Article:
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Stop Brexit Man vows to protest ‘twice as loud’ after police seize amplifiers

Anti-Brexit protester Steve Bray is seen back on Parliament Square with an amplifier a day after police seized his amplifiers, after they said he was protesting too loudly (Sophie Wingate/PA)
Anti-Brexit protester Steve Bray is seen back on Parliament Square with an amplifier a day after police seized his amplifiers, after they said he was protesting too loudly (Sophie Wingate/PA)

An anti-Conservative activist returned to Parliament Square vowing to stage a protest “twice as loud” a day after his amplifiers were seized by police.

“Stop Brexit Man” Steve Bray blared several songs at the Houses of Parliament on Wednesday before officers again threatened to take his equipment.

The top hat-wearing demonstrator had moved from a traffic island to the pavement across the road, but police told him it was still in a designated area where noisy protesting is forbidden under the new Police, Crime, Sentencing and Courts Act.

Mr Bray told the PA news agency: “I’ve got more amps on order and I’m going to link four amps together – not this week, maybe next week – and it’ll be twice as loud as it was here to compensate for the move to the corner.

“In fact I’m going to wire eight together.”

Mr Bray shouted “this is ridiculous, this is fascism” as officers told him to stop.

One of the songs he played was the 1975 Bay City Rollers song Bye Bye Baby overlaid with the lyrics “bye bye Boris”, as another protester banged a tin and dared officers to “arrest me”.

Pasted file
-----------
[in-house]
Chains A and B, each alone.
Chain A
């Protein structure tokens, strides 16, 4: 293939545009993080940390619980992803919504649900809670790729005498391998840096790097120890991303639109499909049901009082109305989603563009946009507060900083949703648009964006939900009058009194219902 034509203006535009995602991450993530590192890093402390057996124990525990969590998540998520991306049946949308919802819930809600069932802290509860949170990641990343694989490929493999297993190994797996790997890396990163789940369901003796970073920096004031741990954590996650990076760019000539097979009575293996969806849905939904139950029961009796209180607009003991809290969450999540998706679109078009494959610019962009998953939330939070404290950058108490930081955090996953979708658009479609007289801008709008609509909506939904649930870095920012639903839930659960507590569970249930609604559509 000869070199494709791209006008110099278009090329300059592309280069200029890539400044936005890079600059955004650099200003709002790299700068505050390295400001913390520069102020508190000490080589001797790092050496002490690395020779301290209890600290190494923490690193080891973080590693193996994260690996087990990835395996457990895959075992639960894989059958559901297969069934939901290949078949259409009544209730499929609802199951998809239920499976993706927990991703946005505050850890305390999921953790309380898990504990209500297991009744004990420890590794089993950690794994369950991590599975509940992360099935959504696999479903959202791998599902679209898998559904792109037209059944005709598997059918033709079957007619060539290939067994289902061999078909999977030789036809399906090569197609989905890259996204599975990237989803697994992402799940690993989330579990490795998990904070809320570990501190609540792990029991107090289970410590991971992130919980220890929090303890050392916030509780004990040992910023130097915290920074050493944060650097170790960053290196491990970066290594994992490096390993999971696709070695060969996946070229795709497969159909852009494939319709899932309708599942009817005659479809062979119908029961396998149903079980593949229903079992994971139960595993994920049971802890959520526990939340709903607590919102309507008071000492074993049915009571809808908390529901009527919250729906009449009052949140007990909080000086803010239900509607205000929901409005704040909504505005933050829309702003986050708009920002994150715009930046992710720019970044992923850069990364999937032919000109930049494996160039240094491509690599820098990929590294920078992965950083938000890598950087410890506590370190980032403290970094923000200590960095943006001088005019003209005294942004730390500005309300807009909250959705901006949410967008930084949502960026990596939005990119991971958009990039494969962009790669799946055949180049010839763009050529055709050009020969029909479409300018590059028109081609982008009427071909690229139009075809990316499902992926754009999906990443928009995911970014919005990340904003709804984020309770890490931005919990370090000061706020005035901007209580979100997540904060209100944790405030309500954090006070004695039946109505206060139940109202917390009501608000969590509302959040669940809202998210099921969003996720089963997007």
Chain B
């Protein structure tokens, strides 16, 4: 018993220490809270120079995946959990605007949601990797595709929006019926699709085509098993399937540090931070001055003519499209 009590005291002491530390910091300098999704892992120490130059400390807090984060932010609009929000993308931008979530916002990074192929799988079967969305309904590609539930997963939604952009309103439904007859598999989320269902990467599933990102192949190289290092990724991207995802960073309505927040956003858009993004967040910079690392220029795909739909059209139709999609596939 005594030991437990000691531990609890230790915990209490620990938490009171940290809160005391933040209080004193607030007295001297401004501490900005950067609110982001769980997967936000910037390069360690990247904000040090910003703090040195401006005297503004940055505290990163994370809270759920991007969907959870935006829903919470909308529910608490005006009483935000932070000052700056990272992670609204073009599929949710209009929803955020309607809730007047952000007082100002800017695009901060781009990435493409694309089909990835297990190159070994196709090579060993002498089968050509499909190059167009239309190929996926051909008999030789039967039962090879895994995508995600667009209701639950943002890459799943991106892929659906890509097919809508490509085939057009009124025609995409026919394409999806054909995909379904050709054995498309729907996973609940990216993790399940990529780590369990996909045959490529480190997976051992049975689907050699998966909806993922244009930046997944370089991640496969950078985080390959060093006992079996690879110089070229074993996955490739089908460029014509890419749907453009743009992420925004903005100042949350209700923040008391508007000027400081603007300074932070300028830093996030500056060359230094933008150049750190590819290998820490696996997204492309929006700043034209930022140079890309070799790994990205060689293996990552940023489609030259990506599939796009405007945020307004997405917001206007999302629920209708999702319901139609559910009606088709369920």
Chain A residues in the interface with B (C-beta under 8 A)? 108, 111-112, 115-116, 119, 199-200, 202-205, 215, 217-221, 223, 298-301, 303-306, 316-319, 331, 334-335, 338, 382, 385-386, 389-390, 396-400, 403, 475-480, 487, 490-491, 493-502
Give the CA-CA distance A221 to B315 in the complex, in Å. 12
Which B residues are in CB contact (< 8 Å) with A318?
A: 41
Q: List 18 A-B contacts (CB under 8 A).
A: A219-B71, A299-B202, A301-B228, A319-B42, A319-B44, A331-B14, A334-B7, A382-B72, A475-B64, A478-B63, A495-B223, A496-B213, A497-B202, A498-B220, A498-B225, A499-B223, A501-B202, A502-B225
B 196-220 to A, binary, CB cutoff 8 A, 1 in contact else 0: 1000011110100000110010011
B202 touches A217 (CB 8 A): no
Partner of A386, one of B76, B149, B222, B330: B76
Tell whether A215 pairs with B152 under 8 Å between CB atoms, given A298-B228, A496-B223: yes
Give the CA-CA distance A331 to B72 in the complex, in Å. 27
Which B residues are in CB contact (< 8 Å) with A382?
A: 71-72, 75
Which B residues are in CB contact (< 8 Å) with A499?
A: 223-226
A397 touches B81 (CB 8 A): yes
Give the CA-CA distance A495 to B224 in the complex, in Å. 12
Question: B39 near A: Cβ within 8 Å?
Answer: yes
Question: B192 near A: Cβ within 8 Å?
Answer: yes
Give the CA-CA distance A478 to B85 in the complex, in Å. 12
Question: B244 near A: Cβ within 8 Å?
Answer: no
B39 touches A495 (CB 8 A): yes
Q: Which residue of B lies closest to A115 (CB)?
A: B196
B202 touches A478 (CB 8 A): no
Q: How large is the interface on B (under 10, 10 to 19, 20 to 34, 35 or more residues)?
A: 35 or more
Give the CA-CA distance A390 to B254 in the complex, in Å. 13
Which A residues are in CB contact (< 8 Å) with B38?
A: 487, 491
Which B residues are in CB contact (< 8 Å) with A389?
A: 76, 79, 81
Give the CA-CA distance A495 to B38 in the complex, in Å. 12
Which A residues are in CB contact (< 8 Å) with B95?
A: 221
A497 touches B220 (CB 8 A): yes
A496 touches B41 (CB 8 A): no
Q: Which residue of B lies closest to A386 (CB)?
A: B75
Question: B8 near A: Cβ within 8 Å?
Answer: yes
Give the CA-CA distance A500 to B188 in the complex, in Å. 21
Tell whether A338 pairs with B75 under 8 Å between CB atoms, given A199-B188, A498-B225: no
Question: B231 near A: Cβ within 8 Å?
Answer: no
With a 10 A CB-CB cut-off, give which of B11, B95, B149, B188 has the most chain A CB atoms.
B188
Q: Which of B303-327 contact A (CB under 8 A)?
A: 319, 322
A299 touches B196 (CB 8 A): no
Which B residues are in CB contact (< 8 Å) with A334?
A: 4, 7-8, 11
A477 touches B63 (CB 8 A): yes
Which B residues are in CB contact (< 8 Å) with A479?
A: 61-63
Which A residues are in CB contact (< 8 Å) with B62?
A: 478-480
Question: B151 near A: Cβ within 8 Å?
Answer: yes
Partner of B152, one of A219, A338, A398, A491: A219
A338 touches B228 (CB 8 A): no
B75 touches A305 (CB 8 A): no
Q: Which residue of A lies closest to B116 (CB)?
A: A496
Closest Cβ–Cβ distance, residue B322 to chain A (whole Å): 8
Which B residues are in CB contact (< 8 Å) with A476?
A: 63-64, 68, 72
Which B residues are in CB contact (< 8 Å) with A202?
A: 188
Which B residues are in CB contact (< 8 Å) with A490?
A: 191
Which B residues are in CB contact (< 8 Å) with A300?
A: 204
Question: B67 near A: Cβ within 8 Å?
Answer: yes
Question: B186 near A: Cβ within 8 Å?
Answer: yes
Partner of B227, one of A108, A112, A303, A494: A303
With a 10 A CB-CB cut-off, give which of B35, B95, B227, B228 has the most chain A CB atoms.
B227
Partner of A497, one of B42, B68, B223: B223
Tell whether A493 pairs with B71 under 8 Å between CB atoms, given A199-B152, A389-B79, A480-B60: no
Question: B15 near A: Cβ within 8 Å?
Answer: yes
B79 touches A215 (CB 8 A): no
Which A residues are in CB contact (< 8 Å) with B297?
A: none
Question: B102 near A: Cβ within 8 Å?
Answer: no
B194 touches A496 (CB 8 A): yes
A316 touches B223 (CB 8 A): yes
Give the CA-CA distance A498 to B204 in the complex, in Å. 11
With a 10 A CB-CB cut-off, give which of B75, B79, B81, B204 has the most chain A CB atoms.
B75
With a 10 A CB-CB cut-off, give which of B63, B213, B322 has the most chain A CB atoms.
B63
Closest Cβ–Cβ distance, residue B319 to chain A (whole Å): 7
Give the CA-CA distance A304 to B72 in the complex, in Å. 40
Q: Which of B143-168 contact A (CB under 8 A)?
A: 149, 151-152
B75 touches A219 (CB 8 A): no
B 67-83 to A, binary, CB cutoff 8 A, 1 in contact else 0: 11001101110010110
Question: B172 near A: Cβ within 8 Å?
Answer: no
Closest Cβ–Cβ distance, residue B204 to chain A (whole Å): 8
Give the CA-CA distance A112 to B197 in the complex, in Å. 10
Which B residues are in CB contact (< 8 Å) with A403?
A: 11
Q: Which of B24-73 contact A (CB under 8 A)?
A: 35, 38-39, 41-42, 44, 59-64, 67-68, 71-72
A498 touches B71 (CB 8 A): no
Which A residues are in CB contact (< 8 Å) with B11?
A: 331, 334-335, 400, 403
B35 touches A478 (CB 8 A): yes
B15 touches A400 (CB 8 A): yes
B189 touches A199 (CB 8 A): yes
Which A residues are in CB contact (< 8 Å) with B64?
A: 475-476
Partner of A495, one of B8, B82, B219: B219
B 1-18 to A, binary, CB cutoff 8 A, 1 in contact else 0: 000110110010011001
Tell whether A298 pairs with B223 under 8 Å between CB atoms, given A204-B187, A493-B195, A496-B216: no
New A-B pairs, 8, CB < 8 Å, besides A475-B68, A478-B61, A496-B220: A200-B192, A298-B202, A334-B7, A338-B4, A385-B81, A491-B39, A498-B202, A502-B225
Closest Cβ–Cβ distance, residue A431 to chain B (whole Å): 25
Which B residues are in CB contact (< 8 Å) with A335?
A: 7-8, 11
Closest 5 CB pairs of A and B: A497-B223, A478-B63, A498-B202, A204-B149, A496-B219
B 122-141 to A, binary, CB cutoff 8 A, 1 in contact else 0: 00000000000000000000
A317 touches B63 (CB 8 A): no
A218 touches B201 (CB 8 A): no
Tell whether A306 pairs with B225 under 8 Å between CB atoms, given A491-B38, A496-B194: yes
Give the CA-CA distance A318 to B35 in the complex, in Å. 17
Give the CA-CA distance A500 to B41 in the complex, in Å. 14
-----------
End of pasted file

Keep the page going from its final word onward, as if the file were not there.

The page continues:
Mr Bray later moved to another spot with his amplifier under an arch outside the Houses of Parliament gift shop, where he said police intervened quoting the Highways Act.

“He’s saying this is a public right of way but so is that island over there, so is anywhere where people protest – I think he’s got it wrong,” Mr Bray said.

Brexit
Steve Bray outside the Houses of Parliament (Yui Mok/PA)

In the afternoon, he was back playing music at full volume on the traffic island while there were no police officers nearby.

On Tuesday, the Metropolitan Police said Mr Bray had been reported over the offence, meaning he will be considered for prosecution.

“Yesterday it was very intimidating, they were following me everywhere,” he said.

“We’re just here to show our dissent to this Government and we are a protest, we will be noisy. Protest is about sound and vision.”

Considering ways to avoid having his amplifiers seized again, Mr Bray said: “Maybe I’ll strap that to my back, but it’s heavy, or get on a bike.

“We’ll get a rickshaw and we’ll have a little whizz around.”

Brexit
Anti-Brexit protester Steve Bray with an amplifier in Parliament Square (Sophie Wingate/PA)

The small group of demonstrators waved EU flags and held placards and EU umbrellas on a rainy day in Westminster.

Mr Bray is known as the Stop Brexit Man because he is often in the area playing loud music and using a megaphone to shout “Stop Brexit”.

Officers on Tuesday said the equipment was being seized under section 145 of the Police Reform and Social Responsibility Act 2011, which was extended to a wider area around the Houses of Parliament that day.

Amnesty International said the “deeply authoritarian new policing laws are a charter for the suppression of legitimate protest” and called it a “dark day for liberty in our country”.

Donations to Mr Bray’s fundraising page have shot up to £120,600.

More than 6,000 contributions have been made in the 99 weeks since the page was created.